jerv's avatar

@JLeslie I often forget that peopel don’t see machinery the same intuitive/instinctive way I do.

prasad's avatar

When it comes to professional things, I think in English. I have been practising this for long, and it does save translation time and add to fluency. It helps me in speaking English.

However, when I think religion and prayers, etc., I think in my mother tongue. As @JLeslie has rightly pointed out, I turn to mother tongue while doing mathematical calculations.

Mariah's avatar

When I was taking French classes I’d find French sneaking into my head quite a lot. If I had a song stuck in my head I would always subconsciously try and translate the lyrics. Got pretty obnoxious, actually, given that my French skills were fairly cursory and I usually didn’t have a wide enough vocabulary to succeed.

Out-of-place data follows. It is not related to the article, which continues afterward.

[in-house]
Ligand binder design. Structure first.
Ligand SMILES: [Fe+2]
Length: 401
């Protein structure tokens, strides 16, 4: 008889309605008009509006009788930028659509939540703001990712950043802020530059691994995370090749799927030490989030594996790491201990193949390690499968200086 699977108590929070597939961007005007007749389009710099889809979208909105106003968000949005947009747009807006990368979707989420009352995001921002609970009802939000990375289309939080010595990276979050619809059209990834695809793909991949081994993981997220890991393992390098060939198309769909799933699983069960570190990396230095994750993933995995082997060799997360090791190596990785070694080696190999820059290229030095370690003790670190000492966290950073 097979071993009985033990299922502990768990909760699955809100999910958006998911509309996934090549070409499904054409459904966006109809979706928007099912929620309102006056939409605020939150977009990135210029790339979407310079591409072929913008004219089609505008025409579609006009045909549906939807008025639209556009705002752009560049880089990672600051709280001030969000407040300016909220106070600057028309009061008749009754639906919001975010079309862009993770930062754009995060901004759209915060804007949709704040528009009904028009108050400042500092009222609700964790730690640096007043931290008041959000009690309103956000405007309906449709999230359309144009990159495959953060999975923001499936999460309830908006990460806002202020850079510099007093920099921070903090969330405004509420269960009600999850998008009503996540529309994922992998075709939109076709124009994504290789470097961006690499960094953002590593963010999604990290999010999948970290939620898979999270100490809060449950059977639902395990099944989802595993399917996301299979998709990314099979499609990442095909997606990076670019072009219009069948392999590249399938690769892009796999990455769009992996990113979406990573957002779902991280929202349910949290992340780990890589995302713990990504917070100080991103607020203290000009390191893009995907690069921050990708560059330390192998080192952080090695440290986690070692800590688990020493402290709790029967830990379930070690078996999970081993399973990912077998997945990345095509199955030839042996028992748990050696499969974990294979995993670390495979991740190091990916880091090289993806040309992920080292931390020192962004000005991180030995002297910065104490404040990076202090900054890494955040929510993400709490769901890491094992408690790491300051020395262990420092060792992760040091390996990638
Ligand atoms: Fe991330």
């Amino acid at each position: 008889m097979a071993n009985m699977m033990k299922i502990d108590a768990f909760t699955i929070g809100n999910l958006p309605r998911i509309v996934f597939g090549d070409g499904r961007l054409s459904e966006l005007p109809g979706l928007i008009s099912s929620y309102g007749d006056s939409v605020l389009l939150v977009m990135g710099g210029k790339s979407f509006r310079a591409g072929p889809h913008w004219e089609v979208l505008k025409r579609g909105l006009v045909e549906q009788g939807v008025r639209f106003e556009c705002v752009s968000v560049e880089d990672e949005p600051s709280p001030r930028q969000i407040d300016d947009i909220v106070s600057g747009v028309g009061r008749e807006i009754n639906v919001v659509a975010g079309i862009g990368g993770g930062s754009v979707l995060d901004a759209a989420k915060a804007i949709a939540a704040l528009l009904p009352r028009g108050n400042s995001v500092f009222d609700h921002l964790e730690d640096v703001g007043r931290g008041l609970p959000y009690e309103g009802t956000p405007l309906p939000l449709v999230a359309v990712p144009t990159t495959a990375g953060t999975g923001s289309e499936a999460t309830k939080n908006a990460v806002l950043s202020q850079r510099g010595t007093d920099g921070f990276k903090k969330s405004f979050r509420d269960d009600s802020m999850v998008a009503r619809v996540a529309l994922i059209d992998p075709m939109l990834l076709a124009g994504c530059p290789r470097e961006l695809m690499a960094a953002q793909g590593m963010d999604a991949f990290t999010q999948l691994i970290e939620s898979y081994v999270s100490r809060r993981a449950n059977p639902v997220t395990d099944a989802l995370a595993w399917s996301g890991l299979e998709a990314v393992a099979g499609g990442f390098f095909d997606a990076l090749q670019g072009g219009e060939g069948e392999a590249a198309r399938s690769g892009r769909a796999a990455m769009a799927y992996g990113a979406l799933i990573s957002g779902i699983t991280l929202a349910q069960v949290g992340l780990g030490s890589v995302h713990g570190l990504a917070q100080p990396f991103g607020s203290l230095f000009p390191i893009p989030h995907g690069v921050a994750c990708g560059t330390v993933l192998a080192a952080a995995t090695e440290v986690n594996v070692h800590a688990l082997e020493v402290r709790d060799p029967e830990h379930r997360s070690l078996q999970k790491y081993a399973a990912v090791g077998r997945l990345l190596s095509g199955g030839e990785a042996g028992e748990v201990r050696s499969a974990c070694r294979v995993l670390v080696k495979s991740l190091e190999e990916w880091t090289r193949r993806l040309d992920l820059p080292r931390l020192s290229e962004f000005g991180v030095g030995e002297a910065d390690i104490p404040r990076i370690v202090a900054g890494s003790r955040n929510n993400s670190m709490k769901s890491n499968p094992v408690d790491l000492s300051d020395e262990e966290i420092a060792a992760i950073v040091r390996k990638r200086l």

It’s been a few years since I’ve studied French, and my skills have slipped a lot. My headspace is comfortably 100% English these days. That is, when I think in words, which I often don’t.

tups's avatar

I often find myself takling to myself in my head in English, even tough it’s not my mother tongue. I read a lot of books in English and listen to songs in English and that’s probably why. Or maybe it’s because I think English sounds cooler than my native language, I don’t know. I’m not sure if I like it though, because I don’t think English should be cooler than my native language.

MilkyWay's avatar

English. It’s my first language but not my mother tongue… I don’t think I ever think in my mother tongue to be honest. I can just about understand/speak it.